Crypto Crackdown: Coinbase and Binance Lawsuits Shake Markets

Crypto Crackdown: Coinbase and Binance Lawsuits Shake Markets


In further blows to the cryptocurrency sector, two of its main players were sued this week by the Securities and Exchange Commission: on Monday, the agency filed charges against Binancethe world’s largest exchange, and the next day accused Coinbase, the only publicly traded exchange in the United States, of violate securities laws.

SEC Chairman Gary Gensler has long insisted that most crypto tokens are securities and therefore fall under the agency’s jurisdiction. Many digital asset enthusiasts, including some regulators and lawmakers, say Gensler is overreaching.

There are remarkable similarities between the cases this week. The SEC accuses both Binance and Coinbase of operating stock exchanges and selling digital assets that it says should have been registered. But in its lawsuit against Binance, the SEC also accuses its CEO, Changpeng Zhao, of civil fraud, while its case against Coinbase does not allege fraud or name the company’s CEO, Brian Armstrong, as a defendant.

Here’s what we know so far about the SEC’s crackdown on crypto activities.

The SEC said Coinbase made billions of dollars by facilitating the sale of crypto assets as an unregistered exchange and deprived investors of significant protections. The agency has argued that most crypto products are no different from stocks, bonds and other securities, and that companies offering them must register with the agency and make appropriate disclosures, just like any stock exchange or traditional brokerage.

Coinbase and the SEC have been in a long public battle over the agency’s stance on digital assets. Last year, Coinbase petitioned the SEC for new rules, and in April sued the agency for failing to act on that request.

The company has been lobbying Congress and calling for legislation. Coinbase Legal Director Paul Grewal testified before the House Agriculture Committee Tuesday about a bill released last week that he said would make the rules “clear in practice, not just in theory.” “. Mr Grewal added: “The solution is legislation, not litigation.”

Binance is accused of funneling billions of dollars of client money to a company separately owned by Mr. Zhao. The SEC charged Mr. Zhao, as well as the company, and charged Binance with around a dozen other violations, including misleading investors about the adequacy of its systems to detect and control manipulative trading.

In addition to those charges, Binance, like Coinbase, is accused of operating an unregulated exchange and issuing cryptocurrencies that the agency says should have been registered as securities. Among them was his own token, which trades as BNB, as well as around 10 other popular tiles. Binance denies the charges. On Tuesday, the SEC petitioned a federal court for a temporary injunction Freezing Binance’s US Assets.

The Commodity Futures Trading Commission also accused Binance of violating commodity laws in March.

The allegations of mismanagement of client funds against Binance are somewhat reminiscent of charges filed late last year against cryptocurrency exchange FTX and its founder, Sam Bankman-Fried. But Mr. Bankman-Fried, unlike Mr. Zhao, faces criminal charges of fraud and conspiracy, as well as campaign finance law violations.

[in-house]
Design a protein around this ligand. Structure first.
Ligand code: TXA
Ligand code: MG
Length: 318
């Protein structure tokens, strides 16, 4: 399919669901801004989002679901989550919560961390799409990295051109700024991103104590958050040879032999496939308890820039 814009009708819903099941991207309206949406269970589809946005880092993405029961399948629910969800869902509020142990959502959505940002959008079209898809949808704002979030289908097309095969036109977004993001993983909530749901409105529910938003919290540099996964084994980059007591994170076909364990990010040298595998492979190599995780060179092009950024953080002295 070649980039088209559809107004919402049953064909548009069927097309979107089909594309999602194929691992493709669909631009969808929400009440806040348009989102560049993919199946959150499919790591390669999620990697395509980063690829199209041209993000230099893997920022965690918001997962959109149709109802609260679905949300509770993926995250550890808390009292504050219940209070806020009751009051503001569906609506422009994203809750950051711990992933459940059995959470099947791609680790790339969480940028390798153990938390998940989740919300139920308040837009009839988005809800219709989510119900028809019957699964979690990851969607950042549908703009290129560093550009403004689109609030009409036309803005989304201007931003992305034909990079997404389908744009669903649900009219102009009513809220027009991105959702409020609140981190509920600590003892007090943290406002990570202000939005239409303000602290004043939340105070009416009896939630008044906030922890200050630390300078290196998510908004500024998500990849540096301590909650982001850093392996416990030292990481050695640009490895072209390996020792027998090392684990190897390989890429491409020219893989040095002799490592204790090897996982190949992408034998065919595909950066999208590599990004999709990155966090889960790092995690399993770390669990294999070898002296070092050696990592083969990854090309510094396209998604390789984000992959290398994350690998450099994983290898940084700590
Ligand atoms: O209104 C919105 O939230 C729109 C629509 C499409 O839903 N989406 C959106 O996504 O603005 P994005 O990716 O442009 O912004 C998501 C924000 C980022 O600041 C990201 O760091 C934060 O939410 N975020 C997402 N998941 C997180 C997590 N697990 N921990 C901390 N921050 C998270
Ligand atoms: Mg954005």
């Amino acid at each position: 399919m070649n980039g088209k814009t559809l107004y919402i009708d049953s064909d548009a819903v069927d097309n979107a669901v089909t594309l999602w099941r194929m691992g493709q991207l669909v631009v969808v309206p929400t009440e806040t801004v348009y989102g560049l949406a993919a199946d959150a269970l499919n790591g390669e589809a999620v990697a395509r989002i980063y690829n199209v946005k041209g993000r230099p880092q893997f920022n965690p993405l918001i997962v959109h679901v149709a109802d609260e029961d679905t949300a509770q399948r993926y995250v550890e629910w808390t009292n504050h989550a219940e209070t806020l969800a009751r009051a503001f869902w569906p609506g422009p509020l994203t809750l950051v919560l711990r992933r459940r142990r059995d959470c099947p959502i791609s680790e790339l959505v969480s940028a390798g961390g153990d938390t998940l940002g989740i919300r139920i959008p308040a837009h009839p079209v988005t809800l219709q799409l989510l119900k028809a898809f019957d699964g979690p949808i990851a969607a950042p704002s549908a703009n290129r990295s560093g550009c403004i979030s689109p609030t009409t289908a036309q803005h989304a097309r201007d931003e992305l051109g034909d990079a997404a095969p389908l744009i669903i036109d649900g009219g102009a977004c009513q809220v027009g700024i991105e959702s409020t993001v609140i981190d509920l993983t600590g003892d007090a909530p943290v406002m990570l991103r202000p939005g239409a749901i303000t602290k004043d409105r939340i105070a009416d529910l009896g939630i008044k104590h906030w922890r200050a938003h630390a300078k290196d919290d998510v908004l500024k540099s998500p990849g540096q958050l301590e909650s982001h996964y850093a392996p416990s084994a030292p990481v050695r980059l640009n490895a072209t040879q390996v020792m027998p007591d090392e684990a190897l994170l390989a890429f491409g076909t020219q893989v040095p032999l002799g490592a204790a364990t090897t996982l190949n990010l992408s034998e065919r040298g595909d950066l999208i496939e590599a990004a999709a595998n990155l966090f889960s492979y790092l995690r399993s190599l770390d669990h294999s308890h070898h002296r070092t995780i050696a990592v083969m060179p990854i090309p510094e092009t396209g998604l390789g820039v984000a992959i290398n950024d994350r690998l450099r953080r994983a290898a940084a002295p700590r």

Prosecutors said that Mr. Bankman-Fried had diverted billions of dollars in funds from FTX clients to his trading company, Alameda Ventures, and that Alameda had used the embezzled funds for highly-leveraged, risky bets.

Binance said the SEC was trying to “unilaterally define the structure of the crypto market” with Enforcement Actions Grabbing Headlines and vowed to “defend our platform vigorously,” the company wrote in a post on its website Monday.

Coinbase has similarly said that it intends to fight back and will continue to push Congress for new legislation. The companies hope the crypto legislation will help remove the stain from recent scandals and legitimize the industry, which has a reputation for lawlessness.

But not all lawmakers share that sense of urgency, and regulation can be slow. Enforcement actions could develop before any bill is passed, leaving hotly contested questions for the federal courts.

From an industry perspective, that indirect route may end up working. The Supreme Court has shown its willingness to limit the power of the agency, and crypto lobbyists are well aware of the implications. In the next term, the justices will reconsider a doctrine that currently requires courts to refer to agency experience, which may further limit administrative authority.

“We are seeing the potential erosion of one of the main tenets of our jurisprudence and a potential shift in the scope of authority for administrative agencies,” said Sheila Warren, executive director of the Crypto Council for Innovation, a Washington lobby group that represents Coinbase. and others. She added: “It’s going to be wild.”


Leave a Comment


No comments yet. Why don’t you start the discussion?

Leave a Reply

Your email address will not be published. Required fields are marked *